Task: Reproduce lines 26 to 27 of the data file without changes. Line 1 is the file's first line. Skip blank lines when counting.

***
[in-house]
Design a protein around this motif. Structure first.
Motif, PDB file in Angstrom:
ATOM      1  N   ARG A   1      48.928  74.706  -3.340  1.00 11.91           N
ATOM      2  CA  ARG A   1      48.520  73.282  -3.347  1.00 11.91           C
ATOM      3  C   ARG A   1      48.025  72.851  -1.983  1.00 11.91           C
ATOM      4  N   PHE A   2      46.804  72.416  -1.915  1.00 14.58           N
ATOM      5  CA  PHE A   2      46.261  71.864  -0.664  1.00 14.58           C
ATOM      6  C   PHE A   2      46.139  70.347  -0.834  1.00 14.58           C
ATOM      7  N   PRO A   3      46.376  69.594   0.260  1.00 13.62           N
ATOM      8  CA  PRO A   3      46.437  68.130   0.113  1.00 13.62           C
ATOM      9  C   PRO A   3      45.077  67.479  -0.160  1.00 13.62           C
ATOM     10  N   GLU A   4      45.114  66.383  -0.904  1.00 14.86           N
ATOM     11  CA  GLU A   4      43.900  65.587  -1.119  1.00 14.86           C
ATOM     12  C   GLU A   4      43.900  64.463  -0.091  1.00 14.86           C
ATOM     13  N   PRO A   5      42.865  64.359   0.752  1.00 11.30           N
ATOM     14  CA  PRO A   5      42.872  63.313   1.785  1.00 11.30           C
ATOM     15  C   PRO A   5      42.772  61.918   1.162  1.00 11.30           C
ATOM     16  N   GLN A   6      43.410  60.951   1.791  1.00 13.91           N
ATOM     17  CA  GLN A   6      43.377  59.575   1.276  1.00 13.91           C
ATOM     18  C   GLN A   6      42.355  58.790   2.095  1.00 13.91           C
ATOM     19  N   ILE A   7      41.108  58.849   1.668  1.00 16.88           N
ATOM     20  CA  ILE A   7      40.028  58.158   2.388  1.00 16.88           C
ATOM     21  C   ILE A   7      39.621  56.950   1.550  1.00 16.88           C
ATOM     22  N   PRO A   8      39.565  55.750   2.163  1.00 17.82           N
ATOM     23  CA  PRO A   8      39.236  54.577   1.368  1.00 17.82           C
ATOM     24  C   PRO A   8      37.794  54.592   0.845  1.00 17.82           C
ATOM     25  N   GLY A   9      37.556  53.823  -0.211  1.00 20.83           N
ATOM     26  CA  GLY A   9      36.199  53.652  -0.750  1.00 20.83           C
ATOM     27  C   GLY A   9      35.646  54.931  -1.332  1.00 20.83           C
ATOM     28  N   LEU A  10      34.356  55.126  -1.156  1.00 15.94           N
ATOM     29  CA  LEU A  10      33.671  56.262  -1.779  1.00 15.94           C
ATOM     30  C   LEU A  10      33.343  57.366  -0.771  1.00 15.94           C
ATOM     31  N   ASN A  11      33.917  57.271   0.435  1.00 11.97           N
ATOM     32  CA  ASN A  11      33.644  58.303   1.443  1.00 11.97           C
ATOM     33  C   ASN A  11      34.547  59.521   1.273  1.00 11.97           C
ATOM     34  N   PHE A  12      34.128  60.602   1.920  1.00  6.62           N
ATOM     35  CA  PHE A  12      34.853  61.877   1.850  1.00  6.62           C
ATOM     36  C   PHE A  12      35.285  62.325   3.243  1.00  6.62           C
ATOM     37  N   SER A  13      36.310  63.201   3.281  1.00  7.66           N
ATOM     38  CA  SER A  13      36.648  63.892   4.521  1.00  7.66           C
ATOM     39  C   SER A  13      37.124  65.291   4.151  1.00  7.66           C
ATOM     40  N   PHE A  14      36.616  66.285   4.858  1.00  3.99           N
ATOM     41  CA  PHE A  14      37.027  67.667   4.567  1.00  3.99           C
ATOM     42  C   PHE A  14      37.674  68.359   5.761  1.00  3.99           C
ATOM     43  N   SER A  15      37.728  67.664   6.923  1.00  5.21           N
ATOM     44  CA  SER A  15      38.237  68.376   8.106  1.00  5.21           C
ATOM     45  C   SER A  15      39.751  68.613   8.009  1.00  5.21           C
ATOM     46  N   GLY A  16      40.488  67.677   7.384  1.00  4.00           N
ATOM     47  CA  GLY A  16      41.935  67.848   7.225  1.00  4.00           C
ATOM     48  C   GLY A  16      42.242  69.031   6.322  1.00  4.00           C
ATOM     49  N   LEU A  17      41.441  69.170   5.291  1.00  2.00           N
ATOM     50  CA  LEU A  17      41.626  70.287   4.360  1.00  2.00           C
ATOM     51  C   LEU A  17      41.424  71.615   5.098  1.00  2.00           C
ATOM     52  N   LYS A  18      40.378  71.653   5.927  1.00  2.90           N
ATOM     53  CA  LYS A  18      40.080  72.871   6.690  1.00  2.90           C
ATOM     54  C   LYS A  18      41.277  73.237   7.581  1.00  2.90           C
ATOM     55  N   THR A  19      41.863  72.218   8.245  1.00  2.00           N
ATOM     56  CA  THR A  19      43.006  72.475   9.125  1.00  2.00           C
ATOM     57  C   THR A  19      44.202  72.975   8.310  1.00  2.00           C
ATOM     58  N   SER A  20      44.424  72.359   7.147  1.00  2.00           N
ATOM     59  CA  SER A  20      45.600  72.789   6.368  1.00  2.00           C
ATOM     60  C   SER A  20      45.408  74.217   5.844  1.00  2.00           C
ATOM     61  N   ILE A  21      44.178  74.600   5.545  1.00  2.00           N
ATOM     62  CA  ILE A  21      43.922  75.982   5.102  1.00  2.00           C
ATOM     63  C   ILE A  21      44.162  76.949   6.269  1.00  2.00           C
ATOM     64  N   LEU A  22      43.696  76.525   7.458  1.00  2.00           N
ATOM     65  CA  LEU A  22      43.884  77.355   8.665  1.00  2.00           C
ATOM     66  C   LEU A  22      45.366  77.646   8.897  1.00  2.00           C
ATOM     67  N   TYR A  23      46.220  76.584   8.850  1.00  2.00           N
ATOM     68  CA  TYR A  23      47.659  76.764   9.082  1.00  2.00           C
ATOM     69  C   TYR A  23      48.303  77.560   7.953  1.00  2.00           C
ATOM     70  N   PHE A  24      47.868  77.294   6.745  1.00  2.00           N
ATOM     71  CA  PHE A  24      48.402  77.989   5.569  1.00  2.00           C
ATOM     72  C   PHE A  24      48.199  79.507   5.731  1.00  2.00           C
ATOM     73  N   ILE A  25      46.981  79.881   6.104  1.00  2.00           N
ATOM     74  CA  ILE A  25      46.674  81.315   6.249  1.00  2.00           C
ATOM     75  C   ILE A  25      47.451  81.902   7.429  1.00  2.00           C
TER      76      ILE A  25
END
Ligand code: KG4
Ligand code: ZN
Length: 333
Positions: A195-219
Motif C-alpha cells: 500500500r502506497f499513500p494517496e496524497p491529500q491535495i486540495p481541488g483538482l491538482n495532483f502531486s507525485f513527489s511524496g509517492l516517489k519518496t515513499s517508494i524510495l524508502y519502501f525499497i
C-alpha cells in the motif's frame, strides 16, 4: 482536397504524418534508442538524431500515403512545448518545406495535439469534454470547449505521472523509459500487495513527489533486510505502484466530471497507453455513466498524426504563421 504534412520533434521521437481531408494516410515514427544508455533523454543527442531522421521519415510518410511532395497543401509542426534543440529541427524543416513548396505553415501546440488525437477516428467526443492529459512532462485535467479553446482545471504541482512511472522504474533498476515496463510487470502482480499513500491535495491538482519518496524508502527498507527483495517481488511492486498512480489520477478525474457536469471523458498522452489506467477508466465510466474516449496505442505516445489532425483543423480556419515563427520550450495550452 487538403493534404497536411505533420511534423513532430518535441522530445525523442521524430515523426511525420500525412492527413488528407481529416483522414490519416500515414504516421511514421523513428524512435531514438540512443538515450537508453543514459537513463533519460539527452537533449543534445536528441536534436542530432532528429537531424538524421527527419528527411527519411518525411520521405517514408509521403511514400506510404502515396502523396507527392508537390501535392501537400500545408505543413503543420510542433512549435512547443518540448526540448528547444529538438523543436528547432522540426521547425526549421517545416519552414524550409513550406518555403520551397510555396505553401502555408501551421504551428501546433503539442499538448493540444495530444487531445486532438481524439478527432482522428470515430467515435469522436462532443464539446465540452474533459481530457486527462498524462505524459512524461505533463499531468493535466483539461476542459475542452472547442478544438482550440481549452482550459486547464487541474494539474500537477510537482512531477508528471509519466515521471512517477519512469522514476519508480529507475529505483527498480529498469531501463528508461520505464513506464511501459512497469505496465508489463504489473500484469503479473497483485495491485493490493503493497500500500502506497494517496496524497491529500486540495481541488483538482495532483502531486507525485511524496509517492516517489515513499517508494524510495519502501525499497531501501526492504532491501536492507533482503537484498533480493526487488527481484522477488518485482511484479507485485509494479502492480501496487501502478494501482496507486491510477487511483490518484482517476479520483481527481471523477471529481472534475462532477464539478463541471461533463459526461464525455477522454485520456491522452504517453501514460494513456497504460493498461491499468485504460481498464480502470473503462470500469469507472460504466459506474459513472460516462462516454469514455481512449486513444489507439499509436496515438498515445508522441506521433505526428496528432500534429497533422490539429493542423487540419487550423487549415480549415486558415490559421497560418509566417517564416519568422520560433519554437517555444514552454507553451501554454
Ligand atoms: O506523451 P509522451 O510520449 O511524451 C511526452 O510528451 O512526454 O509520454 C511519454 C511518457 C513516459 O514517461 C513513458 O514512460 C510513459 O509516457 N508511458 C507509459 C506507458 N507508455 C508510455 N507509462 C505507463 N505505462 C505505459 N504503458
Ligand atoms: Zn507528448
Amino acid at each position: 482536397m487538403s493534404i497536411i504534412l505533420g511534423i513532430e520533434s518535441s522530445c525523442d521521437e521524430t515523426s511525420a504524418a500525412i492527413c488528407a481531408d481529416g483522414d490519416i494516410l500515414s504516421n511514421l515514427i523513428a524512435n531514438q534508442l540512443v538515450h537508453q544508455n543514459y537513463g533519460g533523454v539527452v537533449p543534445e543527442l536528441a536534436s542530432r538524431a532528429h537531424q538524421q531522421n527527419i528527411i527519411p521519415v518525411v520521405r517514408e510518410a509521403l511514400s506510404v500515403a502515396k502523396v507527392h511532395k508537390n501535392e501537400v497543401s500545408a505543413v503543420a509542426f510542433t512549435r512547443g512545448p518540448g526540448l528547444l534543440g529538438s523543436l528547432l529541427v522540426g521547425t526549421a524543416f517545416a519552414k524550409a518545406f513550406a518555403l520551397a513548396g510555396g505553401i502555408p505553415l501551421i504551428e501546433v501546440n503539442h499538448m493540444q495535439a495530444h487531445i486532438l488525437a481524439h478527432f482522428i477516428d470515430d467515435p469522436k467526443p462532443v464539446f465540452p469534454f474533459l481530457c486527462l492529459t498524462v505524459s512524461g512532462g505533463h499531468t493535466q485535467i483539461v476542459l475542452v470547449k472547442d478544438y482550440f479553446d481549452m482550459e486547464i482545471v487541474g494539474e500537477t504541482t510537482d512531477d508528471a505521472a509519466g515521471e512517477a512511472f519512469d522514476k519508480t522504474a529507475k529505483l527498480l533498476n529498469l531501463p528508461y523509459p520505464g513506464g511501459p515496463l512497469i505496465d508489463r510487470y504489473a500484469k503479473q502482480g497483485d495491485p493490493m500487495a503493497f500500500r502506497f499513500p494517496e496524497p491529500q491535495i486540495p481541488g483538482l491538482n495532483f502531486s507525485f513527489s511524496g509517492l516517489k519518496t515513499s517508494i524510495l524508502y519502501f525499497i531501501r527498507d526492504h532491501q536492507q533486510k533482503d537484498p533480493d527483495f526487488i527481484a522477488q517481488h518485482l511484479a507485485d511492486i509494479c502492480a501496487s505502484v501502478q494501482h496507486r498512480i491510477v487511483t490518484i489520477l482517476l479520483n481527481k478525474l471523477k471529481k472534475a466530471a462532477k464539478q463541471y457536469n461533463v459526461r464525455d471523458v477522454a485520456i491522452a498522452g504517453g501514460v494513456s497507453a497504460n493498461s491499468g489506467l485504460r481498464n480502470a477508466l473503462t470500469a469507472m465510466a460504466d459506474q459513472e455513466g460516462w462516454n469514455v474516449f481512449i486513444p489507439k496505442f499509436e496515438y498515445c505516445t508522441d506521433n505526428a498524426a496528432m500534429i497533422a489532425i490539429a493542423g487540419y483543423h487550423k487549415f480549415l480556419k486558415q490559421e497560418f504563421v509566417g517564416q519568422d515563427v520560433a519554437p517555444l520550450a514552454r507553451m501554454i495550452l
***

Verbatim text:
ATOM     23  CA  PRO A   8      39.236  54.577   1.368  1.00 17.82           C
ATOM     24  C   PRO A   8      37.794  54.592   0.845  1.00 17.82           C